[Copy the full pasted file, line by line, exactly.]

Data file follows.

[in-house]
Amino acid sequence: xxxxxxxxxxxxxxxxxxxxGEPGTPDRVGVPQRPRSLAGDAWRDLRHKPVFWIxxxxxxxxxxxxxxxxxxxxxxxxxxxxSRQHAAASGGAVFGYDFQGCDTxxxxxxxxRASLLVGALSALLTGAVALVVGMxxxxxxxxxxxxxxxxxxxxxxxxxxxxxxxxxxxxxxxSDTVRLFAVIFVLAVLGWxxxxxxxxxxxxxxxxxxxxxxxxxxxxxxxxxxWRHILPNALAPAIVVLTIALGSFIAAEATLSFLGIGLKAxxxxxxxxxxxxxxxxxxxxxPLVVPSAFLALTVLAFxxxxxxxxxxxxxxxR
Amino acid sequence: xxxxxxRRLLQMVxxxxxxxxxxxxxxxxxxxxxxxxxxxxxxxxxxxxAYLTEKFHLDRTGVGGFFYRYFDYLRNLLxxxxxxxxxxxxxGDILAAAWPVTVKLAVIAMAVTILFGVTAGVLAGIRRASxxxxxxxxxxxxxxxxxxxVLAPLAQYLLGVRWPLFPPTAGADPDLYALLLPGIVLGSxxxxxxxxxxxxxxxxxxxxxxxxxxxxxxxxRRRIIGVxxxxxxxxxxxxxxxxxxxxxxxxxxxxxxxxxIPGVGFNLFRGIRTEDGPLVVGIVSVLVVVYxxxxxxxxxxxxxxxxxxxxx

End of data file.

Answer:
[in-house]
Amino acid sequence: xxxxxxxxxxxxxxxxxxxxGEPGTPDRVGVPQRPRSLAGDAWRDLRHKPVFWIxxxxxxxxxxxxxxxxxxxxxxxxxxxxSRQHAAASGGAVFGYDFQGCDTxxxxxxxxRASLLVGALSALLTGAVALVVGMxxxxxxxxxxxxxxxxxxxxxxxxxxxxxxxxxxxxxxxSDTVRLFAVIFVLAVLGWxxxxxxxxxxxxxxxxxxxxxxxxxxxxxxxxxxWRHILPNALAPAIVVLTIALGSFIAAEATLSFLGIGLKAxxxxxxxxxxxxxxxxxxxxxPLVVPSAFLALTVLAFxxxxxxxxxxxxxxxR
Amino acid sequence: xxxxxxRRLLQMVxxxxxxxxxxxxxxxxxxxxxxxxxxxxxxxxxxxxAYLTEKFHLDRTGVGGFFYRYFDYLRNLLxxxxxxxxxxxxxGDILAAAWPVTVKLAVIAMAVTILFGVTAGVLAGIRRASxxxxxxxxxxxxxxxxxxxVLAPLAQYLLGVRWPLFPPTAGADPDLYALLLPGIVLGSxxxxxxxxxxxxxxxxxxxxxxxxxxxxxxxxRRRIIGVxxxxxxxxxxxxxxxxxxxxxxxxxxxxxxxxxIPGVGFNLFRGIRTEDGPLVVGIVSVLVVVYxxxxxxxxxxxxxxxxxxxxx